Our environment is so dynamic today that we do not have enough time to build meaningful relationships with the people around us. Someone we may think is our friend may turn against us and show ambidextrous behavior, while others who may have looked far from us may be our closest ally in hard times. And if we stop and look, we can easily recognize positive and negative people around us. Many of us try to find a meaningful reason why a person may be ambidextrous, but in most cases, the answer is simple – the environment has allowed that person to show their true face. The roles played, like the nice person, the person to go to, the one always listening, and the helpful colleague, may have been the only masks the person was wearing. At the same time, its true identity may have been toxic and not answer your and the company’s values and standards. And it becomes even more complex when this person has been assigned to a leadership role, impacting part of the company’s business. Sounds familiar? Well, you are not alone. According to research conducted back in 2019, eighty-four percent of the companies in this research have had challenging moments dealing with ambidextrous behavior at any level in the company. Fifty-two percent reported having people with such behavior in their leadership teams.
While these statistics look scary, many people ask themselves how to deal with ambidextrous colleagues. Yet, at the same time, people struggle while working with someone who plays against the rules and the norms set in the company.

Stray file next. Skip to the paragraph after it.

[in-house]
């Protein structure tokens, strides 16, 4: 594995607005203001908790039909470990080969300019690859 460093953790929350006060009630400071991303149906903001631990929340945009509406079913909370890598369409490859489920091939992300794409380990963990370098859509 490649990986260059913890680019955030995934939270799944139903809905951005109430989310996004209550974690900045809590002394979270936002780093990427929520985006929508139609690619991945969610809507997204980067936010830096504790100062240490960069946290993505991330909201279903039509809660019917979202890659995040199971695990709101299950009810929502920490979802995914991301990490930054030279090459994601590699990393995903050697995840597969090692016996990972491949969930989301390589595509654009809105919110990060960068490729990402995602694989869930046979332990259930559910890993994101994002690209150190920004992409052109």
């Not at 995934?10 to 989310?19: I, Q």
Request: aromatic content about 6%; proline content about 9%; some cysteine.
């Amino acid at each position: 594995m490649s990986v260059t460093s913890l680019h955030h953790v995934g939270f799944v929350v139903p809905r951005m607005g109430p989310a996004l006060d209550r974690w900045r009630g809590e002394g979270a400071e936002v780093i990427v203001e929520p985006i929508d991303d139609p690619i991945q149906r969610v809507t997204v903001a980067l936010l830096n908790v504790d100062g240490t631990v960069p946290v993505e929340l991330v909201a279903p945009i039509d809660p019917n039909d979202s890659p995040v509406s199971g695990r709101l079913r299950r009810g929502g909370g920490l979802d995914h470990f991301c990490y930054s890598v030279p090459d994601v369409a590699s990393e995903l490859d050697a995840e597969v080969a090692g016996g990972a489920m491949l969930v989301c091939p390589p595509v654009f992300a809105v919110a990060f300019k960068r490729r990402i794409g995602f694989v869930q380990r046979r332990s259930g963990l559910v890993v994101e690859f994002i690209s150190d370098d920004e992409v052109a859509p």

I have had several cases of ambidextrous colleagues and even bosses. Likewise, as a consultant, I have had clients who struggled with such behavior in their organizations. From the experience I have gained, I have formulated simple rules for dealing with ambidextrous people. This set proved to work with twelve companies during the last four years.
Step 1: Analyze your environment
Starting with the big picture is always a good choice. Analyzing the whole environment in the company, with the rules set, the values communicated, and the behaviors shown, is the starting point where anyone should start. If the analysis shows ambidextrous behavior, but the whole structure behaves like this, then it is not wise to continue. That will mean that ambidextrous behavior has become the norm in the company, and you will need to search for a different approach. But suppose the ambidextrous behavior deviates from the culture and environment(only a small group of people demonstrate it). In that case, it is worth the effort to find a way to minimize that behavior.
Step 2: Define where ambidextrous behavior shows
Understanding where the ambidextrous behavior shows is crucial because this is the foundation you will step on to create the change. For example, when you experience ambidextrous behavior on the lower hierarchical level, you may act hard and with the help of only one or two leadership layers above. Still, suppose this behavior is shown in the senior leadership team. In that case, you need to act carefully and involve as many allies as possible that are on the same or even higher level in the structure.
Step 3: Act with evidence and personally
Many people do when finding an inappropriate behavior to announce it publicly and hope that anyone else will support them in dealing with this behavior. But doing that may create space for negativity and aggression and unlock a series of conflicts that may destroy the whole structure. No matter that you see unethical and ambidextrous behavior publicly shown assume that part of this behavior may not be seen as such by the person. You will need to get first to the person and create a conversation space to understand why it behaves like that.
Step 4: Have everything documented